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United States v. Nelson


October 8, 2009


The opinion of the court was delivered by: Denis R. Hurley, U.S.D.J.


HURLEY, Senior District Judge

By letter motion dated September 28, 2009, Upert Nelson ("Nelson"), proceeding pro se, seeks bail pending appeal. For the reasons indicated infra, that application is denied.

On June 14, 2007, Nelson pled guilty to a single count indictment charging him with conspiracy to distribute and possess with the intent to distribute 5 kilograms or more of cocaine in violation of 21 U.S.C. §§ 846, 841(a)(1) and 841(b)(1)(A)(ii)(II).

Sentence was imposed on July 7, 2009. Although the offense of conviction required a mandatory minimum of 10 years incarceration and a maximum of life imprisonment, the government filed a U.S.S.G. § 5K1.1 letter pursuant to 18 U.S.C. § 3553(e), thus authorizing the Court to downwardly depart from the statutory minimum sentence. Based on the 5K1 letter, I significantly downwardly departed and, after considering the factors listed in § 3553(a), imposed a sentence of, inter alia, 22 months incarceration.

Defendant, having been convicted and sentenced for a crime listed in § 3142(f)(1)(C) must be detained unless he establishes to the Court's satisfaction, as a threshold matter, that his release "pose[s] no risk of flight and no danger to the community . . . and that the appeal 'raises a substantial question of law or fact likely to result in' reversal, a new trial, or a reduced sentence, and is not interposed for purposes of delay." United States v. DiSomma, 951 F.2d 494, 496 (2d Cir. 1991). If the defendant carries that burden, then it would be incumbent upon me to determine whether there are "exceptional circumstances making [his] detention inappropriate." Id., citing § 3145(c).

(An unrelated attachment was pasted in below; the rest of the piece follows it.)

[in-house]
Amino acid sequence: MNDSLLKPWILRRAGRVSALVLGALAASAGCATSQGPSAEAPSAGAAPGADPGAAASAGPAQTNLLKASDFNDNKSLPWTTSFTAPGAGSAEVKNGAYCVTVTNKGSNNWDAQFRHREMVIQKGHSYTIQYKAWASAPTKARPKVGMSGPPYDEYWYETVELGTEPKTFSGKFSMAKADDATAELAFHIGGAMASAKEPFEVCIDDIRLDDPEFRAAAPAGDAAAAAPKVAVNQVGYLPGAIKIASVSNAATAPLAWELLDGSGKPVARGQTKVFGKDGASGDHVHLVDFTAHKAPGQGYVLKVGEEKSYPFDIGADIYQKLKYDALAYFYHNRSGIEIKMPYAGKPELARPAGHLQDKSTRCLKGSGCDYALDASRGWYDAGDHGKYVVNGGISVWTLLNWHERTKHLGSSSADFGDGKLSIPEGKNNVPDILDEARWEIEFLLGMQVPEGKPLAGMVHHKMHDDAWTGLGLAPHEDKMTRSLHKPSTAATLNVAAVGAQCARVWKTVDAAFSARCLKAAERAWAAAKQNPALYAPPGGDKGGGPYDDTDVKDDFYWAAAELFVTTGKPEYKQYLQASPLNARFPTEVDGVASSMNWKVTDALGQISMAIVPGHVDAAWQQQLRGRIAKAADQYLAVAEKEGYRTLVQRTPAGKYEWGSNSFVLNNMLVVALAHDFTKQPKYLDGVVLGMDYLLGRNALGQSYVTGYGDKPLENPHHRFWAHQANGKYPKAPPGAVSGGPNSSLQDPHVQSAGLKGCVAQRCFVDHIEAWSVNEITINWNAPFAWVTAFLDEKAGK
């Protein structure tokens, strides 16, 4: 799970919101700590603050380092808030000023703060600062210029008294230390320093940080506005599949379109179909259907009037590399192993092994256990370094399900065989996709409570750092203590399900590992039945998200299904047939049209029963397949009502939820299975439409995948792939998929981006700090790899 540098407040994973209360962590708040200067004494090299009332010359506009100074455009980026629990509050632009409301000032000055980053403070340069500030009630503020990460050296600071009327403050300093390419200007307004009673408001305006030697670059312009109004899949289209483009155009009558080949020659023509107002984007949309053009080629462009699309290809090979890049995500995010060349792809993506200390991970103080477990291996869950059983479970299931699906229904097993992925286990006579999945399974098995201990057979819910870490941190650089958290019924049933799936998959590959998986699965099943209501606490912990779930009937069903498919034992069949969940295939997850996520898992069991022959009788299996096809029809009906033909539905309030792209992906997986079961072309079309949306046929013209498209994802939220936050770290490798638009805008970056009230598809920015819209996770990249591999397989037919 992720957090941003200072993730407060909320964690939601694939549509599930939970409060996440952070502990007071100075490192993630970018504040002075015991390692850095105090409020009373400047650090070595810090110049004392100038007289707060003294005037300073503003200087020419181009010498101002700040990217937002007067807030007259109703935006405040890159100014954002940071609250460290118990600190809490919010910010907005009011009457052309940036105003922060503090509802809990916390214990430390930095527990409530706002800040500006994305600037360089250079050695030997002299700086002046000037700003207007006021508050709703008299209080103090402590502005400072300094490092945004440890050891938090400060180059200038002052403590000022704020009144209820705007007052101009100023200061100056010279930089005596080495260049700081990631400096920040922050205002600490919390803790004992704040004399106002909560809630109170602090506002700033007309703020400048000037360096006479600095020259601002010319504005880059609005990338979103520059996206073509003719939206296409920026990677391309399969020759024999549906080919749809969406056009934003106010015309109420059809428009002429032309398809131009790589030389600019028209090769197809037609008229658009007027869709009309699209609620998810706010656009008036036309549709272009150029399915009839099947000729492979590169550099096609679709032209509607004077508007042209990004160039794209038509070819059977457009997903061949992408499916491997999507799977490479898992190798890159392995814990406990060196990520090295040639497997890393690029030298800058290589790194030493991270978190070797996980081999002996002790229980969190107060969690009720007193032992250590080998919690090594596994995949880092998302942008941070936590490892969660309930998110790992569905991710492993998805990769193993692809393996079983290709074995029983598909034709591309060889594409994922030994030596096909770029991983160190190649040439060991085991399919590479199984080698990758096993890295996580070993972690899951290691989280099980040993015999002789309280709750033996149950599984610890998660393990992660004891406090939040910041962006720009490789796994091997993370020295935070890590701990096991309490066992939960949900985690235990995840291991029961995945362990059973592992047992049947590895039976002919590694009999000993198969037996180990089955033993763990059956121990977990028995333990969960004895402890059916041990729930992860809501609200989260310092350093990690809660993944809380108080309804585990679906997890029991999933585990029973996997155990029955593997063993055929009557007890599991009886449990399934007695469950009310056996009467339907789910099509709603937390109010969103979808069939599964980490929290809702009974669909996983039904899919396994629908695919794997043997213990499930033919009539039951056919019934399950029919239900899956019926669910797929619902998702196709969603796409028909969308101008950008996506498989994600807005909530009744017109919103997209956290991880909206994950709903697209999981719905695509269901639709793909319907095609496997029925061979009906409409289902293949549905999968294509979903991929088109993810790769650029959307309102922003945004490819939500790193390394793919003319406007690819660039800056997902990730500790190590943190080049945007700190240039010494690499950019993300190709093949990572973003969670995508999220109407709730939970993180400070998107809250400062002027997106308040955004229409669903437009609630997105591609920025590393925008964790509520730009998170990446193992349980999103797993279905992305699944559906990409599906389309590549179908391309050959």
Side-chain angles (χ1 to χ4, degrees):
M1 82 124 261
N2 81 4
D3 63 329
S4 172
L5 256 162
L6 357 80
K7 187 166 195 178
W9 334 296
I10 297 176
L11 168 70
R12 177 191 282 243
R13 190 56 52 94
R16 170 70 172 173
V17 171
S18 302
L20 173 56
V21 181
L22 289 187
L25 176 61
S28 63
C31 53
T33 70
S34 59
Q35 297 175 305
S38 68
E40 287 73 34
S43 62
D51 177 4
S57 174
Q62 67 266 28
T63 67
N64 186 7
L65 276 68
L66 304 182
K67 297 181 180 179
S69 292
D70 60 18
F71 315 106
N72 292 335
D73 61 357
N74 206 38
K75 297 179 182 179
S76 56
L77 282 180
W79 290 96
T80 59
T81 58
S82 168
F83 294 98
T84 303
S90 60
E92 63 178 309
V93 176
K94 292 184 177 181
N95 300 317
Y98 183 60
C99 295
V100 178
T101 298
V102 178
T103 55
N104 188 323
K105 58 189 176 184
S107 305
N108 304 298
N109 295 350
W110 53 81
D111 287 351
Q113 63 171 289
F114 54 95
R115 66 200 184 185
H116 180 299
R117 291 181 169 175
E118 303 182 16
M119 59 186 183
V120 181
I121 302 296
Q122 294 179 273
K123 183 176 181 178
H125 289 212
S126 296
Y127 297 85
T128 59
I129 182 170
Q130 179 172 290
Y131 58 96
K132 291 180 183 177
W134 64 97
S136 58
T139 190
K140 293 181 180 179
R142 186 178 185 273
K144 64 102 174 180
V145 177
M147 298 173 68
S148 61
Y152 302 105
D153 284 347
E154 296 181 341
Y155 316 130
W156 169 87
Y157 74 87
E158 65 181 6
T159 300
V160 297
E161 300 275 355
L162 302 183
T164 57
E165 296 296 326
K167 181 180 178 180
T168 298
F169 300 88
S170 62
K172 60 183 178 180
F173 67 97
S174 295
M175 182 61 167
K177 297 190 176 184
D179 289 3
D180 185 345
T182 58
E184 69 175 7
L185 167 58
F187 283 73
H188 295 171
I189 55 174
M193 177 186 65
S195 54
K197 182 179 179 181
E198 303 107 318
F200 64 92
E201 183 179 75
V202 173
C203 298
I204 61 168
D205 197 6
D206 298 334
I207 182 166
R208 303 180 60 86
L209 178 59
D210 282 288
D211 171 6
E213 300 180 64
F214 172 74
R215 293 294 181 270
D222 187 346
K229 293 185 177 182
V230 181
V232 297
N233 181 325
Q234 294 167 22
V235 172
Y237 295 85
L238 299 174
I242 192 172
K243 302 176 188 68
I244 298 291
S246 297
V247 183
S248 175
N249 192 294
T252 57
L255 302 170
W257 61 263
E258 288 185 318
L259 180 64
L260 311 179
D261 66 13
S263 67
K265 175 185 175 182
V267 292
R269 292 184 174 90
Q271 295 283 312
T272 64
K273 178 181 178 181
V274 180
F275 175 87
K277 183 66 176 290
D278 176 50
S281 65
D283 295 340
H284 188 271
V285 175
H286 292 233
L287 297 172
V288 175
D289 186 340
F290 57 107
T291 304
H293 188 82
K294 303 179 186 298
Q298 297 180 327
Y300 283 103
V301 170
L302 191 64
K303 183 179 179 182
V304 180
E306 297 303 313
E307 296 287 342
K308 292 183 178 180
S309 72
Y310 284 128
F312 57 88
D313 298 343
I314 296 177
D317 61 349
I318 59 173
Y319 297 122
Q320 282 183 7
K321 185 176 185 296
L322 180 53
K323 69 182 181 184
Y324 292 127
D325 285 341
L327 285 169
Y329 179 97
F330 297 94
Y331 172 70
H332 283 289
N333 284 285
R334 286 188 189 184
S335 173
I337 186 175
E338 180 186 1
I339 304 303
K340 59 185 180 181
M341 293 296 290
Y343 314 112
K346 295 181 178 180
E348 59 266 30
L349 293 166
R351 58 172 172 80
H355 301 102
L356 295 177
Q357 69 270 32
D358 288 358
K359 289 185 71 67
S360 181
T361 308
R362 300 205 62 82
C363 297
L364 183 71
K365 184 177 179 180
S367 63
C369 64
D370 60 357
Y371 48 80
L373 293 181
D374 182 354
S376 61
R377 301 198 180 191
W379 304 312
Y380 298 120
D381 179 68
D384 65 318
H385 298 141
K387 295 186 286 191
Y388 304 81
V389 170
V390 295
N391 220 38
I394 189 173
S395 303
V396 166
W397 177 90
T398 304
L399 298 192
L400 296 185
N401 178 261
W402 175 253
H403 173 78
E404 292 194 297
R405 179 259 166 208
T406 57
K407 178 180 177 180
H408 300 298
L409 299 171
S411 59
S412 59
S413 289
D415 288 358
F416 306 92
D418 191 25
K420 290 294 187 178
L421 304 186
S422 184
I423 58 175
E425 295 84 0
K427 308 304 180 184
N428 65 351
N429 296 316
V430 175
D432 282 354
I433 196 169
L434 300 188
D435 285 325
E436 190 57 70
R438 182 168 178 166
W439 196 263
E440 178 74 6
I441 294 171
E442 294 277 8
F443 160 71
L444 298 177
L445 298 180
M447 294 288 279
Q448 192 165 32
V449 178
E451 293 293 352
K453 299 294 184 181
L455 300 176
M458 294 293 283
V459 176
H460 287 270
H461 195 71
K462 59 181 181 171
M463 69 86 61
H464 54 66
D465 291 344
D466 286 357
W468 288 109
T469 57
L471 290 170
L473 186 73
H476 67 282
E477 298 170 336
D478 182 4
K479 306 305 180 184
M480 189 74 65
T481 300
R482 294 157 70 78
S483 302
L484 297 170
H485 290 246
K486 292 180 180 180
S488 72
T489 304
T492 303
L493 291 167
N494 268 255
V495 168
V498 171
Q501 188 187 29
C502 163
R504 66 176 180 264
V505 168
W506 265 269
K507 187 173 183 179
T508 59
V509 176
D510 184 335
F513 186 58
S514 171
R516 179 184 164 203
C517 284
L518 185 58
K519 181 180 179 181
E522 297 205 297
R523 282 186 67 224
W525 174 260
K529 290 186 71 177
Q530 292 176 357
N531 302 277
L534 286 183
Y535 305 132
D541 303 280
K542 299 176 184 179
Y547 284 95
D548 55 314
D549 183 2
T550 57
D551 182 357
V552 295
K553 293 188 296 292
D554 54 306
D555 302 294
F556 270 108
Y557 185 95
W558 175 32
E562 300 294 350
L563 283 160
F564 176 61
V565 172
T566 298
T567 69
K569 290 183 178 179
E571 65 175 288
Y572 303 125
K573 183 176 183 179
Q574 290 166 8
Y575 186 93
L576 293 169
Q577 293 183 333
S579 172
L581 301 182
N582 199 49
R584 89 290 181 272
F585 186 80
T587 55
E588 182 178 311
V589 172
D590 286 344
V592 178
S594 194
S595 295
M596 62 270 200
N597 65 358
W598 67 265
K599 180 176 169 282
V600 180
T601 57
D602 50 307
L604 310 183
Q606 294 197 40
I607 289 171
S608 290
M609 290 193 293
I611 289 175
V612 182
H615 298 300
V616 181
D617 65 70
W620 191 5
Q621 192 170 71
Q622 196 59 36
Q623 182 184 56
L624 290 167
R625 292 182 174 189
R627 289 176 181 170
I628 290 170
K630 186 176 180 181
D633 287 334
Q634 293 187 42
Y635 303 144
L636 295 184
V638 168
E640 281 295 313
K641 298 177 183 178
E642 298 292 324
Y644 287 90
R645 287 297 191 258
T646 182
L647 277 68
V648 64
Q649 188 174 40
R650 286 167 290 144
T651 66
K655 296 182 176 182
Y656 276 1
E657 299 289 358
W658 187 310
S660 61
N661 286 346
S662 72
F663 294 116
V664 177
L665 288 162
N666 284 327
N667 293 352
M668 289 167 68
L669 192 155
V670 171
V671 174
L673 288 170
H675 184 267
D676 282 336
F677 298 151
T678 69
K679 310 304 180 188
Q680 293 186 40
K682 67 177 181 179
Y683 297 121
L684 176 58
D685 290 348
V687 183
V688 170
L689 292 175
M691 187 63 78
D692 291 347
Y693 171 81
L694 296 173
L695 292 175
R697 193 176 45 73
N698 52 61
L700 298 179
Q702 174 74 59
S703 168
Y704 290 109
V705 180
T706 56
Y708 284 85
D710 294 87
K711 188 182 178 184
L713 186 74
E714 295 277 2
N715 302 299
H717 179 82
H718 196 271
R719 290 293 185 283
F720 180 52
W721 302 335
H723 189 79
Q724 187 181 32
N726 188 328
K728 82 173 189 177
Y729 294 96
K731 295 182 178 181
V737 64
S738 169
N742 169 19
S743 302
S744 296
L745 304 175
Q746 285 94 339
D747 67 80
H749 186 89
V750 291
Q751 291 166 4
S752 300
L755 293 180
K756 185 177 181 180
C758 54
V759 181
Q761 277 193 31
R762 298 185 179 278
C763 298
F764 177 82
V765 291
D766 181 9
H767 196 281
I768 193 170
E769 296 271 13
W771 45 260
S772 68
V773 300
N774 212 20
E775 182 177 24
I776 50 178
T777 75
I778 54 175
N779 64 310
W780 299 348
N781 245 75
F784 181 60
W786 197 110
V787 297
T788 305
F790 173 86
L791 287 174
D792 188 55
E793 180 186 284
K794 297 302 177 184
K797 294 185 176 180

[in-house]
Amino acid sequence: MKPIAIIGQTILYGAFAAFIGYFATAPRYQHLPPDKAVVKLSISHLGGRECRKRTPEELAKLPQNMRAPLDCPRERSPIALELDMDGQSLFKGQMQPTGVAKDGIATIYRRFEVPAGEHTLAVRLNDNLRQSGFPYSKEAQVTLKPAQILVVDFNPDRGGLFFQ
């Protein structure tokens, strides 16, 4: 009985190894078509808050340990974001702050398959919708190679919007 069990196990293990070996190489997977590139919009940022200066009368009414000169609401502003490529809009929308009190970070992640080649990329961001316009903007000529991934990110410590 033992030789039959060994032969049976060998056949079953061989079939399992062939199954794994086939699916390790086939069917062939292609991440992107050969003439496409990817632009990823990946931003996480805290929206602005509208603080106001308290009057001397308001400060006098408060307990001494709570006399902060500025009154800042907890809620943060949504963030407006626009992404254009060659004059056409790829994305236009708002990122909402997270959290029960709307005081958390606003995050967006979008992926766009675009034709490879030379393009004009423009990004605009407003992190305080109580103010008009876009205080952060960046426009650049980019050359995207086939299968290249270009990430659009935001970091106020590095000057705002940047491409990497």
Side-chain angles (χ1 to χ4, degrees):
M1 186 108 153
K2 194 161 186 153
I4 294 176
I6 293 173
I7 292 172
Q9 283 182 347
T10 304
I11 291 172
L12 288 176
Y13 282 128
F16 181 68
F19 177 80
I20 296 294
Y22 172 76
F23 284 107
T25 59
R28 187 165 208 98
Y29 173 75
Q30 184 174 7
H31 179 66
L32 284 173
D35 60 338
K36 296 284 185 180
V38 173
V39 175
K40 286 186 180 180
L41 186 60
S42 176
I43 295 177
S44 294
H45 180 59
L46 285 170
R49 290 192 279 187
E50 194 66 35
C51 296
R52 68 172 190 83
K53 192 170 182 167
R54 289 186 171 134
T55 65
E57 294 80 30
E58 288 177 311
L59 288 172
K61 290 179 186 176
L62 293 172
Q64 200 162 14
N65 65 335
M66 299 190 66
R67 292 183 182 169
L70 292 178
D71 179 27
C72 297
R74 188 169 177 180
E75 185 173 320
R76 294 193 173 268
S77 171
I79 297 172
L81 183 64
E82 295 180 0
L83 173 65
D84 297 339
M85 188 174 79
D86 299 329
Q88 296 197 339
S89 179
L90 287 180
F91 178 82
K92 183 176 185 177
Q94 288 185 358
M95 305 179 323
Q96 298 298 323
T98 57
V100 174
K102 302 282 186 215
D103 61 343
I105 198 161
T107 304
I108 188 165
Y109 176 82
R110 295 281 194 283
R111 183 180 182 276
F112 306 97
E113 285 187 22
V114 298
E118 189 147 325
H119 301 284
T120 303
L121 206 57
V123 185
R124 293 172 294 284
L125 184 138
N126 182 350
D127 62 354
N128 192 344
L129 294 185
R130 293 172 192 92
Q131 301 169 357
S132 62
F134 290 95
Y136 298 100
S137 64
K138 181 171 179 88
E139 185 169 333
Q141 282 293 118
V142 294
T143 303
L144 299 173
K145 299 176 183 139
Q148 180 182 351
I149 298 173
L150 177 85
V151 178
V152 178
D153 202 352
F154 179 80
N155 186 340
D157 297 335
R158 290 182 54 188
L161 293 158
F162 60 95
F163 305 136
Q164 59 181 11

In endeavoring to establish the criteria for release, defendant argues:

In the instant case the defendant, Upert Nelson is self employed . . . . The record below clearly shows by direct and implied evidence that he is not a flight risk because he is taking care [of] his family and business. Ergo, under the theory of judicial economy his sentence should be reduced and/or modified to a non custodial term with restrictions allowing him to continue working at his place. More likely than not the BOP would classify him to a community halfway house program and he would not be able to continue working at his business. As the record below clearly shows, the defendant has never been in trouble with the law in his life prior to the instant case. He has fully and completely cooperated with prosecution authorities in this matter and accepted responsibility for his admitted criminal conduct in this matter. One of the main questions to be raised on appeal of this matter is the extent of his criminal culpability in this matter, with specific regard to whether the court has discretion to impose a non-custodial sentence given the nature of defendant's cooperation, family and financial hardship and his health.*fn1

(Def.'s Sept. 28, 2009 Letter Mot. at unnumbered p. 2.)

A juxtapositioning of defendant's argument with the applicable legal standard compels the conclusion that defendant's application must be denied. His employment, family circumstances, acceptance of responsibility, and health, as well as the extent of his cooperation with the government were all considered by me, along with other factors, in fashioning his sentence. Moreover, he has provided no information to suggest that either his conviction and/or sentence is legally flawed nor that his detention would somehow be inappropriate. In sum, his application is denied and the defendant is directed, consistent with the order that was made at the time sentence was imposed, to report to the designated facility to begin the incarceration portion of his sentence by 2:00 p.m. on October 9, 2009.


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